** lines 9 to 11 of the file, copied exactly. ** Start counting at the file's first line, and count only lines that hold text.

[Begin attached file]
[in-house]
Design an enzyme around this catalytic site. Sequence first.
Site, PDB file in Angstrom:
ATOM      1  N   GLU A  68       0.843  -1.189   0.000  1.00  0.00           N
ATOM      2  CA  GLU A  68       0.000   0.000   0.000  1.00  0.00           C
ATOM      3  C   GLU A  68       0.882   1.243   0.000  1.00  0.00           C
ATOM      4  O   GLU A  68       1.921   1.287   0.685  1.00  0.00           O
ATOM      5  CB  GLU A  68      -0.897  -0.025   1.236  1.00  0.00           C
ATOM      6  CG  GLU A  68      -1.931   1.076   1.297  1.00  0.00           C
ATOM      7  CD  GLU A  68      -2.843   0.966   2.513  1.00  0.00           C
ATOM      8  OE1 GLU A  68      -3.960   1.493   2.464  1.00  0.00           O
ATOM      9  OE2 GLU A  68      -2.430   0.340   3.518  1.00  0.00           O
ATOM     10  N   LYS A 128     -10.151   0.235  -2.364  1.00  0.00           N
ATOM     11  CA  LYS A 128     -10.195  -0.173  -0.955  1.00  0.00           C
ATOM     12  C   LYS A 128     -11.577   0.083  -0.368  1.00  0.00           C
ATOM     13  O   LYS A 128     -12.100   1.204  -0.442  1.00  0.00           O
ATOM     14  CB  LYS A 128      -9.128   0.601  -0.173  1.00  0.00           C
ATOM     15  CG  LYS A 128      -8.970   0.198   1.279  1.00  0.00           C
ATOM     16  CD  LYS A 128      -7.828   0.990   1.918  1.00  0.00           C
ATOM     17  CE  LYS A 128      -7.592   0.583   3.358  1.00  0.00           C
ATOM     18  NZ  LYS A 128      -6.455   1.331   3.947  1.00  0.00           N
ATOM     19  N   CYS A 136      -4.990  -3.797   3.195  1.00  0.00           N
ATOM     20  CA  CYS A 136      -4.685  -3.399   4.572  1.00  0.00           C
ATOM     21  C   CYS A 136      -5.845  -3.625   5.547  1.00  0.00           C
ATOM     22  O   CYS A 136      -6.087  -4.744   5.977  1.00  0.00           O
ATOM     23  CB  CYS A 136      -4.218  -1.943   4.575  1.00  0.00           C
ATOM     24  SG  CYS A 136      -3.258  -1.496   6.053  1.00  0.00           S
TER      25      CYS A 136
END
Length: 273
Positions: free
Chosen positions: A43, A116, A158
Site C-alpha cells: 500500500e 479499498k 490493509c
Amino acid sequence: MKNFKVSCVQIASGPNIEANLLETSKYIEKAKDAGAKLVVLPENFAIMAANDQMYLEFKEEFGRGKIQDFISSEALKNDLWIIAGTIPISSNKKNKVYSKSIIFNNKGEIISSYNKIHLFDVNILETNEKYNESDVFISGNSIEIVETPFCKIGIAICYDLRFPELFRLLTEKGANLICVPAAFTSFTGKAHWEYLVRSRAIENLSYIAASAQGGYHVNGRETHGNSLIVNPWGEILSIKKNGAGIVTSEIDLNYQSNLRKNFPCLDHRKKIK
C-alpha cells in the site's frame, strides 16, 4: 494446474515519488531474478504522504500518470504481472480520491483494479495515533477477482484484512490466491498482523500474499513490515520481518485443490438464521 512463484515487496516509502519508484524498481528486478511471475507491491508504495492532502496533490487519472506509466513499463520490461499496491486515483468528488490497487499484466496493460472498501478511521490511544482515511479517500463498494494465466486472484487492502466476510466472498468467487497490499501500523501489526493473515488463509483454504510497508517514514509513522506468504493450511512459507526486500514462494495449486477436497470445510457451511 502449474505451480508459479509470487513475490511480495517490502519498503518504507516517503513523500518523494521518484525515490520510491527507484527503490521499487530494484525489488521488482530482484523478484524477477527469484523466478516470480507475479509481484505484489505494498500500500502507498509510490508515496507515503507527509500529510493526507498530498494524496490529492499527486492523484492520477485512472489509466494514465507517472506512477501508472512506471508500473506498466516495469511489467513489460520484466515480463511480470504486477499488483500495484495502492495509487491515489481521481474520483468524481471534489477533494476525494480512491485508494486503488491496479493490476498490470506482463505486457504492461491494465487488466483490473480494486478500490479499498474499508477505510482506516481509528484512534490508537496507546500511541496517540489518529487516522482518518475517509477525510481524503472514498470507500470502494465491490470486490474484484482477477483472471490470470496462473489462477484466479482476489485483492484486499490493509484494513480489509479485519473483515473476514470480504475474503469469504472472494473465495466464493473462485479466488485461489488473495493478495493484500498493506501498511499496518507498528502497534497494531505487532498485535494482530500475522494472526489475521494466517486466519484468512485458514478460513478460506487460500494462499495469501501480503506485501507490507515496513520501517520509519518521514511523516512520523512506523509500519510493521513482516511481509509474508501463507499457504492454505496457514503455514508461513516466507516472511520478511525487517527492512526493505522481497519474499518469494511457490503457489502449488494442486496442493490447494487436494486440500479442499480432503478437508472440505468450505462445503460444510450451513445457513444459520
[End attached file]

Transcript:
ATOM      6  CG  GLU A  68      -1.931   1.076   1.297  1.00  0.00           C
ATOM      7  CD  GLU A  68      -2.843   0.966   2.513  1.00  0.00           C
ATOM      8  OE1 GLU A  68      -3.960   1.493   2.464  1.00  0.00           O